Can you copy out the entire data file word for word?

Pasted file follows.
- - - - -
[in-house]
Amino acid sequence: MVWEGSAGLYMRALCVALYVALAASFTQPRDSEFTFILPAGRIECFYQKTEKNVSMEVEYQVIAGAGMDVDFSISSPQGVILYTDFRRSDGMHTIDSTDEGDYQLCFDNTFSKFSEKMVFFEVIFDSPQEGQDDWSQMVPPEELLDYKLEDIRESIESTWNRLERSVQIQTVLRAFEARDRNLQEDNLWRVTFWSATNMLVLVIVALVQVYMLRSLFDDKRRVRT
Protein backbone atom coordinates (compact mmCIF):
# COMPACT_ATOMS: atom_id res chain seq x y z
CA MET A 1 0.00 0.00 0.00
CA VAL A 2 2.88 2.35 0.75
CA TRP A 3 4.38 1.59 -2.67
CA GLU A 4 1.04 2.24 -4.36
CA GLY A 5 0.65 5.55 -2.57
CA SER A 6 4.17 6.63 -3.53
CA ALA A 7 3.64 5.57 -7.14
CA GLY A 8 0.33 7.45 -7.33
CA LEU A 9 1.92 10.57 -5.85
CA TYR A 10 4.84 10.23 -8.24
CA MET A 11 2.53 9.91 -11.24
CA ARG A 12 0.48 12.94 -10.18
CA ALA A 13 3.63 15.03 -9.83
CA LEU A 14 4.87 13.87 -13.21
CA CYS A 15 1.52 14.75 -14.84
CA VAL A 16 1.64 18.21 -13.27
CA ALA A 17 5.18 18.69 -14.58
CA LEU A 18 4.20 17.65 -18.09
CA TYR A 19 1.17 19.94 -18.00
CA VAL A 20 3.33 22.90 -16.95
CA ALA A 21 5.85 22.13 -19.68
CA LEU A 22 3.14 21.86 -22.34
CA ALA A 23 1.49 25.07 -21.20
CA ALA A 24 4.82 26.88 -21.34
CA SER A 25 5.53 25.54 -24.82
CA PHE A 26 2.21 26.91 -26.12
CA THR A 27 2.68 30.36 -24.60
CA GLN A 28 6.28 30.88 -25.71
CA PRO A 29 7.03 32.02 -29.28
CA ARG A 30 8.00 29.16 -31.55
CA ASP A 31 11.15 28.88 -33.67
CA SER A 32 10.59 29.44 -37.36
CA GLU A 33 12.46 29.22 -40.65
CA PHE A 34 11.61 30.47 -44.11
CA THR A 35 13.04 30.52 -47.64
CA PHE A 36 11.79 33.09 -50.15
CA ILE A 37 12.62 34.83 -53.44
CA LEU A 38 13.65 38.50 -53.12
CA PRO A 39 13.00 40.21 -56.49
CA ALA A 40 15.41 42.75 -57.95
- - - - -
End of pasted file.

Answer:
[in-house]
Amino acid sequence: MVWEGSAGLYMRALCVALYVALAASFTQPRDSEFTFILPAGRIECFYQKTEKNVSMEVEYQVIAGAGMDVDFSISSPQGVILYTDFRRSDGMHTIDSTDEGDYQLCFDNTFSKFSEKMVFFEVIFDSPQEGQDDWSQMVPPEELLDYKLEDIRESIESTWNRLERSVQIQTVLRAFEARDRNLQEDNLWRVTFWSATNMLVLVIVALVQVYMLRSLFDDKRRVRT
Protein backbone atom coordinates (compact mmCIF):
# COMPACT_ATOMS: atom_id res chain seq x y z
CA MET A 1 0.00 0.00 0.00
CA VAL A 2 2.88 2.35 0.75
CA TRP A 3 4.38 1.59 -2.67
CA GLU A 4 1.04 2.24 -4.36
CA GLY A 5 0.65 5.55 -2.57
CA SER A 6 4.17 6.63 -3.53
CA ALA A 7 3.64 5.57 -7.14
CA GLY A 8 0.33 7.45 -7.33
CA LEU A 9 1.92 10.57 -5.85
CA TYR A 10 4.84 10.23 -8.24
CA MET A 11 2.53 9.91 -11.24
CA ARG A 12 0.48 12.94 -10.18
CA ALA A 13 3.63 15.03 -9.83
CA LEU A 14 4.87 13.87 -13.21
CA CYS A 15 1.52 14.75 -14.84
CA VAL A 16 1.64 18.21 -13.27
CA ALA A 17 5.18 18.69 -14.58
CA LEU A 18 4.20 17.65 -18.09
CA TYR A 19 1.17 19.94 -18.00
CA VAL A 20 3.33 22.90 -16.95
CA ALA A 21 5.85 22.13 -19.68
CA LEU A 22 3.14 21.86 -22.34
CA ALA A 23 1.49 25.07 -21.20
CA ALA A 24 4.82 26.88 -21.34
CA SER A 25 5.53 25.54 -24.82
CA PHE A 26 2.21 26.91 -26.12
CA THR A 27 2.68 30.36 -24.60
CA GLN A 28 6.28 30.88 -25.71
CA PRO A 29 7.03 32.02 -29.28
CA ARG A 30 8.00 29.16 -31.55
CA ASP A 31 11.15 28.88 -33.67
CA SER A 32 10.59 29.44 -37.36
CA GLU A 33 12.46 29.22 -40.65
CA PHE A 34 11.61 30.47 -44.11
CA THR A 35 13.04 30.52 -47.64
CA PHE A 36 11.79 33.09 -50.15
CA ILE A 37 12.62 34.83 -53.44
CA LEU A 38 13.65 38.50 -53.12
CA PRO A 39 13.00 40.21 -56.49
CA ALA A 40 15.41 42.75 -57.95